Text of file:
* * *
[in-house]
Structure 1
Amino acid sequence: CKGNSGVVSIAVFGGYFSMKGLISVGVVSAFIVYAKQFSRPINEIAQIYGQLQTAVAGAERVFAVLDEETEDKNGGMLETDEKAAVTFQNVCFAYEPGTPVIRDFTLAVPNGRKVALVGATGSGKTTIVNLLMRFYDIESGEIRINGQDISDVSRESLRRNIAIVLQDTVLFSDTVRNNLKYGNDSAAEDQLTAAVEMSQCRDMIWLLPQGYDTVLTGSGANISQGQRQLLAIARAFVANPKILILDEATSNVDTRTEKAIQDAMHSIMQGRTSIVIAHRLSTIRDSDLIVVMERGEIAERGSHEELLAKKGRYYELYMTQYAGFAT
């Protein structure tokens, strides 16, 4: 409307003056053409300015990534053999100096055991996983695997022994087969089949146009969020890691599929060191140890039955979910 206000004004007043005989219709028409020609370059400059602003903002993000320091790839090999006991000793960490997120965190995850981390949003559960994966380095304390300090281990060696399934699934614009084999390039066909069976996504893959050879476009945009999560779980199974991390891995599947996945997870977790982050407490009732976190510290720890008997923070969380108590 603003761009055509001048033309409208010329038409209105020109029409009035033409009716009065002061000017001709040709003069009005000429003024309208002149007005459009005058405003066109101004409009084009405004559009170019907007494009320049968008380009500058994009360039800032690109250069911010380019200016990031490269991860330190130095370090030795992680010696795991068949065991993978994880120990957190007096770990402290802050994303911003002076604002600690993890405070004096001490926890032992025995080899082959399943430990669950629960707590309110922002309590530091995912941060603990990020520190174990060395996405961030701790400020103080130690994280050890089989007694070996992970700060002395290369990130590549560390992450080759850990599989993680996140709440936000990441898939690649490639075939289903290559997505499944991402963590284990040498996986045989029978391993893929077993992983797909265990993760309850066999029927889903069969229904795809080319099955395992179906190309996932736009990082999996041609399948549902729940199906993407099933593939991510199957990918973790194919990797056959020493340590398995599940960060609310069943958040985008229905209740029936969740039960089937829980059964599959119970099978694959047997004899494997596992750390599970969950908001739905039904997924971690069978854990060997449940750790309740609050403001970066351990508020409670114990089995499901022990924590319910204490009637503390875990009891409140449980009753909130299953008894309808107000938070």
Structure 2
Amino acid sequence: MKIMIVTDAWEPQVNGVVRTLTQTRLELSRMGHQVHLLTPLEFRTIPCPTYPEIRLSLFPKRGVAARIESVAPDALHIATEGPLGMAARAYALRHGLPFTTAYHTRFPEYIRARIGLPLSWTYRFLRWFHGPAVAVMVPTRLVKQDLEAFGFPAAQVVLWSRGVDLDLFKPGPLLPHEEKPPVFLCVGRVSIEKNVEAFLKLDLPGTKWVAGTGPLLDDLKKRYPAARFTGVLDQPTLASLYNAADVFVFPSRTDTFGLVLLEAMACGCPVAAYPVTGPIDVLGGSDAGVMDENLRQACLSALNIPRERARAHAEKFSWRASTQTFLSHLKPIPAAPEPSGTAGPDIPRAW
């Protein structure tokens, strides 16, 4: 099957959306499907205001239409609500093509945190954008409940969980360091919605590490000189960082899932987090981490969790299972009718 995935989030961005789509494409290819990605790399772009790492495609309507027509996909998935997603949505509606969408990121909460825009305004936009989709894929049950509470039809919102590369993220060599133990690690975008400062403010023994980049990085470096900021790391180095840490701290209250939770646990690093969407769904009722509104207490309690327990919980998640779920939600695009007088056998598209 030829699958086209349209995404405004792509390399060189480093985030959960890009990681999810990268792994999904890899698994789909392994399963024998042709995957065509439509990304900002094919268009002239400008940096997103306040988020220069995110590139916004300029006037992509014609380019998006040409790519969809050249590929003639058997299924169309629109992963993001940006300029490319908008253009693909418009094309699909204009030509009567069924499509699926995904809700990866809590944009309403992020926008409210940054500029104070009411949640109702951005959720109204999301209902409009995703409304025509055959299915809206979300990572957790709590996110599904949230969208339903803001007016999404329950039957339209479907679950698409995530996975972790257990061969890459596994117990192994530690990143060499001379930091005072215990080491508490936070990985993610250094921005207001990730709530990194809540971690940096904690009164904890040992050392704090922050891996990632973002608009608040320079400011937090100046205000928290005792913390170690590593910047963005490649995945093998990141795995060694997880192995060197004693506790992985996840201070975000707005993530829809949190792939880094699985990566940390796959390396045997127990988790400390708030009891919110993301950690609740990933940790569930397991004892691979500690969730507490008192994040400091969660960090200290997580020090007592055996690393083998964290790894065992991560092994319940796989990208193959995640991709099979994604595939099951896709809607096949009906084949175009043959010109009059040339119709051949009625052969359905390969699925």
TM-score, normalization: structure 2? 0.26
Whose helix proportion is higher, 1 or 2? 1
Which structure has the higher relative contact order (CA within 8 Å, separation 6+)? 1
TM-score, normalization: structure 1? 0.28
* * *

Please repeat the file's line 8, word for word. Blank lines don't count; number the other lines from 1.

TM-score, normalization: structure 2? 0.26